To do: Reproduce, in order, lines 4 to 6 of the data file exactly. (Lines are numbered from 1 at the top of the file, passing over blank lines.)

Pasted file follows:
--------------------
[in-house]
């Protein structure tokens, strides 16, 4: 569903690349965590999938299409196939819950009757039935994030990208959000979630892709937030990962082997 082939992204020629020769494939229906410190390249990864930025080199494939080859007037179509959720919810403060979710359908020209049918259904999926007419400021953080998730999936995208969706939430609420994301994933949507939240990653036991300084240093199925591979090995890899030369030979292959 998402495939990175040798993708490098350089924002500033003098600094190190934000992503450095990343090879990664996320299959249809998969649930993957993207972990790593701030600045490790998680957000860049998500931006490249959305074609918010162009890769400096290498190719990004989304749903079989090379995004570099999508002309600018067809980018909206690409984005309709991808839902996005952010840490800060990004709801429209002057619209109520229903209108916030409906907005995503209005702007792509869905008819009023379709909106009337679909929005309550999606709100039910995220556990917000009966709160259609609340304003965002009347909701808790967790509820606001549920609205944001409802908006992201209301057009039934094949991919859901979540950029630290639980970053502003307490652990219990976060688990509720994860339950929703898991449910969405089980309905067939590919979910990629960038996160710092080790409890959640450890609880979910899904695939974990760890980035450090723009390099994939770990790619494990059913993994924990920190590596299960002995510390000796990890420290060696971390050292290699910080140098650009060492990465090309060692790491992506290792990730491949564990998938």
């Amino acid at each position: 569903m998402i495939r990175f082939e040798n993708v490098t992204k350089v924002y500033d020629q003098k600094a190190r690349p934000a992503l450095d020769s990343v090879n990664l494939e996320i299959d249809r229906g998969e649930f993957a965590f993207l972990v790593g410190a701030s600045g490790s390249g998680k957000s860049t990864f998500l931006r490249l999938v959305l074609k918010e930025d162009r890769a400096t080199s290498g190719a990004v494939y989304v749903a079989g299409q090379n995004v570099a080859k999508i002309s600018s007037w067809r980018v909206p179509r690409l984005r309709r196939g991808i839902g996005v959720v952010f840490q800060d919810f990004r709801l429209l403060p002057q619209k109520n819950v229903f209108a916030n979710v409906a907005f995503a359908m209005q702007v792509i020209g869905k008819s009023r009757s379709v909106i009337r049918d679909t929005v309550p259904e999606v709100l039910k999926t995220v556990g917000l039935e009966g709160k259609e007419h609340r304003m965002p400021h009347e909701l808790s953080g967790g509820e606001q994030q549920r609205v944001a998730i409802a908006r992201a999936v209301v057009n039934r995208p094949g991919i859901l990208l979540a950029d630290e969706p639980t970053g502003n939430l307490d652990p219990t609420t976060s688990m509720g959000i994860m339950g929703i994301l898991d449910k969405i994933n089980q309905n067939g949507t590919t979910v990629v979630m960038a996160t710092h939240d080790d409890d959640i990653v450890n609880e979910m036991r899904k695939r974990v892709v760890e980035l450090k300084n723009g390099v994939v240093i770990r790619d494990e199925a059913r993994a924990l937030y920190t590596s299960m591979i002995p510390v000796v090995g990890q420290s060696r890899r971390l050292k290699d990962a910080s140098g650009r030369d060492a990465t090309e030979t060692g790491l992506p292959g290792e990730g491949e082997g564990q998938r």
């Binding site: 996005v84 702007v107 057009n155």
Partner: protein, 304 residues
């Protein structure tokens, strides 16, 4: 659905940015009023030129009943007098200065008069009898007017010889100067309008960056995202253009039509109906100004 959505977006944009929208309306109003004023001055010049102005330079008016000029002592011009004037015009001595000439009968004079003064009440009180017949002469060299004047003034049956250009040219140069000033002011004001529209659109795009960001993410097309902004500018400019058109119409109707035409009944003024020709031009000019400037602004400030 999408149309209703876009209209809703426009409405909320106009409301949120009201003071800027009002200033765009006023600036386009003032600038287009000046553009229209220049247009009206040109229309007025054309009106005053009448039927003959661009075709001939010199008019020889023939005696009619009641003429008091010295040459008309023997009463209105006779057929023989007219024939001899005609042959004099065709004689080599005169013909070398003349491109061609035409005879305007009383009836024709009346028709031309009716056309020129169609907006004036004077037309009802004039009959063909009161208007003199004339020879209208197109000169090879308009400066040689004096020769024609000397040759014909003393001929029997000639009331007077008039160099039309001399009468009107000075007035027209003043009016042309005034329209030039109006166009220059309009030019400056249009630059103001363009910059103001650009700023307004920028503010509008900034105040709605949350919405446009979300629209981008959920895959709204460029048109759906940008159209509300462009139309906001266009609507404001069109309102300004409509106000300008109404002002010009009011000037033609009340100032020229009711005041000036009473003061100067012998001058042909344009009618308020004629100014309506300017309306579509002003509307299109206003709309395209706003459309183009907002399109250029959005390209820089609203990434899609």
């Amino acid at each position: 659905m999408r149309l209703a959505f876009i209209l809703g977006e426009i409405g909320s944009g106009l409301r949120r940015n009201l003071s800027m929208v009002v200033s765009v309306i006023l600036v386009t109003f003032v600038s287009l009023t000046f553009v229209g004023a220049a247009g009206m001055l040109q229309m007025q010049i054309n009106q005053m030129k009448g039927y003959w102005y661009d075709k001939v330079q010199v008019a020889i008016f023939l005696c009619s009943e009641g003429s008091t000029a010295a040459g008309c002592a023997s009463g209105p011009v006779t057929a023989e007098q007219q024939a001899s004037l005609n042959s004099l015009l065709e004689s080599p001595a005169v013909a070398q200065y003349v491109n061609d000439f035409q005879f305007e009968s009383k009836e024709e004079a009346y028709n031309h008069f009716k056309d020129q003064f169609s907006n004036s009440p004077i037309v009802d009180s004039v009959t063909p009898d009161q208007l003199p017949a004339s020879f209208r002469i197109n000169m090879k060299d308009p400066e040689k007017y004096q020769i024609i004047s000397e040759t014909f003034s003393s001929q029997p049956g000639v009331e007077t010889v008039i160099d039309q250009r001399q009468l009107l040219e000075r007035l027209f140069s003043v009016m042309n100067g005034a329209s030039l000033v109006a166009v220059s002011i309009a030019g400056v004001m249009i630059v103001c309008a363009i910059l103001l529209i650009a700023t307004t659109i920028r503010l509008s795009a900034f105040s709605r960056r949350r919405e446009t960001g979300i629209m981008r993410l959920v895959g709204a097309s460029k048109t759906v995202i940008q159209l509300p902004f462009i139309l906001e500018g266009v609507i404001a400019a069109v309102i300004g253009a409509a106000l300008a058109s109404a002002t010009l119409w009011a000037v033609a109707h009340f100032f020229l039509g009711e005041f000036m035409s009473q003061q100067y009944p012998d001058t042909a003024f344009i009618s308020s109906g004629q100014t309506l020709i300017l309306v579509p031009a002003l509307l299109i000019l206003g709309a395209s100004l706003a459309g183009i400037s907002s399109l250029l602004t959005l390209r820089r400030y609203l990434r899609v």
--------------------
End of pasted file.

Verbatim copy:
């Binding site: 996005v84 702007v107 057009n155």
Partner: protein, 304 residues
């Protein structure tokens, strides 16, 4: 659905940015009023030129009943007098200065008069009898007017010889100067309008960056995202253009039509109906100004 959505977006944009929208309306109003004023001055010049102005330079008016000029002592011009004037015009001595000439009968004079003064009440009180017949002469060299004047003034049956250009040219140069000033002011004001529209659109795009960001993410097309902004500018400019058109119409109707035409009944003024020709031009000019400037602004400030 999408149309209703876009209209809703426009409405909320106009409301949120009201003071800027009002200033765009006023600036386009003032600038287009000046553009229209220049247009009206040109229309007025054309009106005053009448039927003959661009075709001939010199008019020889023939005696009619009641003429008091010295040459008309023997009463209105006779057929023989007219024939001899005609042959004099065709004689080599005169013909070398003349491109061609035409005879305007009383009836024709009346028709031309009716056309020129169609907006004036004077037309009802004039009959063909009161208007003199004339020879209208197109000169090879308009400066040689004096020769024609000397040759014909003393001929029997000639009331007077008039160099039309001399009468009107000075007035027209003043009016042309005034329209030039109006166009220059309009030019400056249009630059103001363009910059103001650009700023307004920028503010509008900034105040709605949350919405446009979300629209981008959920895959709204460029048109759906940008159209509300462009139309906001266009609507404001069109309102300004409509106000300008109404002002010009009011000037033609009340100032020229009711005041000036009473003061100067012998001058042909344009009618308020004629100014309506300017309306579509002003509307299109206003709309395209706003459309183009907002399109250029959005390209820089609203990434899609």